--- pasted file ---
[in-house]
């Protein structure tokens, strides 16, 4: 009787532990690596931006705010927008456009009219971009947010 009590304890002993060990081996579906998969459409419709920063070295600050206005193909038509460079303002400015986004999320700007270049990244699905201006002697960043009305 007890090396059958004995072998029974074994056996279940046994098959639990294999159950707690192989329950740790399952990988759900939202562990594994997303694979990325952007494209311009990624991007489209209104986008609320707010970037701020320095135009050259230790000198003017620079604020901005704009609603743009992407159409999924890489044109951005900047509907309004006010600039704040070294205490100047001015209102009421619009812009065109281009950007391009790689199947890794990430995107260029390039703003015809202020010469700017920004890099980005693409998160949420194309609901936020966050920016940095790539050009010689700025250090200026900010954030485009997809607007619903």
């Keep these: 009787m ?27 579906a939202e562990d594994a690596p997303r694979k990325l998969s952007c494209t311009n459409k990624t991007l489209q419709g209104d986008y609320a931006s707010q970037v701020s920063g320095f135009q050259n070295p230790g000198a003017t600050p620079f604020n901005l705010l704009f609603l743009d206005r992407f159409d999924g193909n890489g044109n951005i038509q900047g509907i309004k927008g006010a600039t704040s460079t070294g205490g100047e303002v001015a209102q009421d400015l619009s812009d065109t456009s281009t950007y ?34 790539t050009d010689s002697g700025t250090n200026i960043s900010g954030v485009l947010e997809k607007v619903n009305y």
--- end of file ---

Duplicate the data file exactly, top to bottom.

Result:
[in-house]
């Protein structure tokens, strides 16, 4: 009787532990690596931006705010927008456009009219971009947010 009590304890002993060990081996579906998969459409419709920063070295600050206005193909038509460079303002400015986004999320700007270049990244699905201006002697960043009305 007890090396059958004995072998029974074994056996279940046994098959639990294999159950707690192989329950740790399952990988759900939202562990594994997303694979990325952007494209311009990624991007489209209104986008609320707010970037701020320095135009050259230790000198003017620079604020901005704009609603743009992407159409999924890489044109951005900047509907309004006010600039704040070294205490100047001015209102009421619009812009065109281009950007391009790689199947890794990430995107260029390039703003015809202020010469700017920004890099980005693409998160949420194309609901936020966050920016940095790539050009010689700025250090200026900010954030485009997809607007619903």
């Keep these: 009787m ?27 579906a939202e562990d594994a690596p997303r694979k990325l998969s952007c494209t311009n459409k990624t991007l489209q419709g209104d986008y609320a931006s707010q970037v701020s920063g320095f135009q050259n070295p230790g000198a003017t600050p620079f604020n901005l705010l704009f609603l743009d206005r992407f159409d999924g193909n890489g044109n951005i038509q900047g509907i309004k927008g006010a600039t704040s460079t070294g205490g100047e303002v001015a209102q009421d400015l619009s812009d065109t456009s281009t950007y ?34 790539t050009d010689s002697g700025t250090n200026i960043s900010g954030v485009l947010e997809k607007v619903n009305y």